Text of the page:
The Ragamuffin is a long-haired domestic cat similar in appearance to the Ragdoll. Ragamuffins are fairly large cats, queens weigh between 4.54 and 6.80 kg (10 to 15 lb) and toms weigh between 6.80 and 9.07 kg (15 to 20 lb).
Ragamuffins are large, muscular, heavy cats that do not reach full maturity until approximately four years old. The look of the body is rectangular, with broad chest and powerful shoulders supporting a short neck. The head is a broad modified wedge with a rounded forehead and obvious nose dip. There is a puffiness to the whisker pad and cheeks are full. Large, walnut shaped eyes give a sweet appearance. The Ragamuffin has a long, dense and silky coat, like that of a heavily furred rabbit, and the hair grows longer around the face and neck (a ruff), increases in length toward the stomach, with a wispy frill on the hind legs. Every possible color and pattern is allowable.
Difference from a Ragdoll: The Ragamuffin has a shorter, scooped nose, while the Ragdoll has a gentle curve with the final segment straight. Rather than having a flat plane between the ears, the skull of the Ragamuffin is gently rounded. The Ragamuffin has a bit more chubby-looking face, and slightly tipped forward ears. Ragamuffin breeders also emphasize a sweet expression and walnut shaped eyes rather than the oval eyes seen in the Ragdolls. The Ragamuffin is allowed to outcross with certain other breeds every fifth generation which is important for maintaining the excellent health of the breed.
The Ragamuffin is one of the newest breeds of domestic cat. It was created in 1994. The exact development of this breed is cloudy and will likely remain a mystery. It was accepted in the Cat Fanciers’ Association (CFA) miscellaneous class in 2003.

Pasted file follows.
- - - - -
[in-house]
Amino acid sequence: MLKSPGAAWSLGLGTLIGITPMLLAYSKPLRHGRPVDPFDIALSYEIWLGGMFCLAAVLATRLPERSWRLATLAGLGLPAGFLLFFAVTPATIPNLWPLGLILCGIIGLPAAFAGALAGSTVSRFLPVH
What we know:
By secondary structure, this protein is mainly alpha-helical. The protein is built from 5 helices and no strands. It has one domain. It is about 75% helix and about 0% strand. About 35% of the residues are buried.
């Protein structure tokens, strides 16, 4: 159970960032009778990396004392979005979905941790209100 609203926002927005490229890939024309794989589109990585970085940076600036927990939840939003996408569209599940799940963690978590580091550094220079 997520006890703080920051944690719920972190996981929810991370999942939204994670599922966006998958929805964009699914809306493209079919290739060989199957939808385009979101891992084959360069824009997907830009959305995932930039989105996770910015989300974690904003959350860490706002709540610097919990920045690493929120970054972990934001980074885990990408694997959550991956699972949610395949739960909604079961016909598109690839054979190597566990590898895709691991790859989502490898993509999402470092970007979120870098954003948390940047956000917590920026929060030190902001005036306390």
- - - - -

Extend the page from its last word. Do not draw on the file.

Mrs. Ann Baker
Many believe the Ragamuffin resulted from accidental breeding. Some accounts suggested Mrs. Baker started the breed in the 1960s with a Ragdoll cat named Josephine and a regular, non-pedigree cat. The kittens turned out so cute and so special that Mrs. Baker wanted to preserve their special qualities by breeding Josephine’s offspring and by being the only person to breed and sell Ragamuffins. Mrs. Baker’s restrictions created friction between her and other breeders who, ultimately, branched off on their own and pushed for the new registry with the CFA.
This breed has several of the color formations that are present on Ragdolls, but also has a variety of different colors. Some colors include: all variations of pointed color, including Tortie Point, Red Point, and Lynx Point.
The only extreme allowed in this breed is the very docile nature. The Ragamuffin loves people and is very cuddly and affectionate, with a tendency to go limp when held. While not terribly athletic, they love playing and climbing scratching posts and some will even fetch toys. They greet family members at the door and will follow their people around the house. Though some have been known to bite when not given the desired attention.
Because of their gentle nature, Ragamuffins are generally kept indoors for their own protection.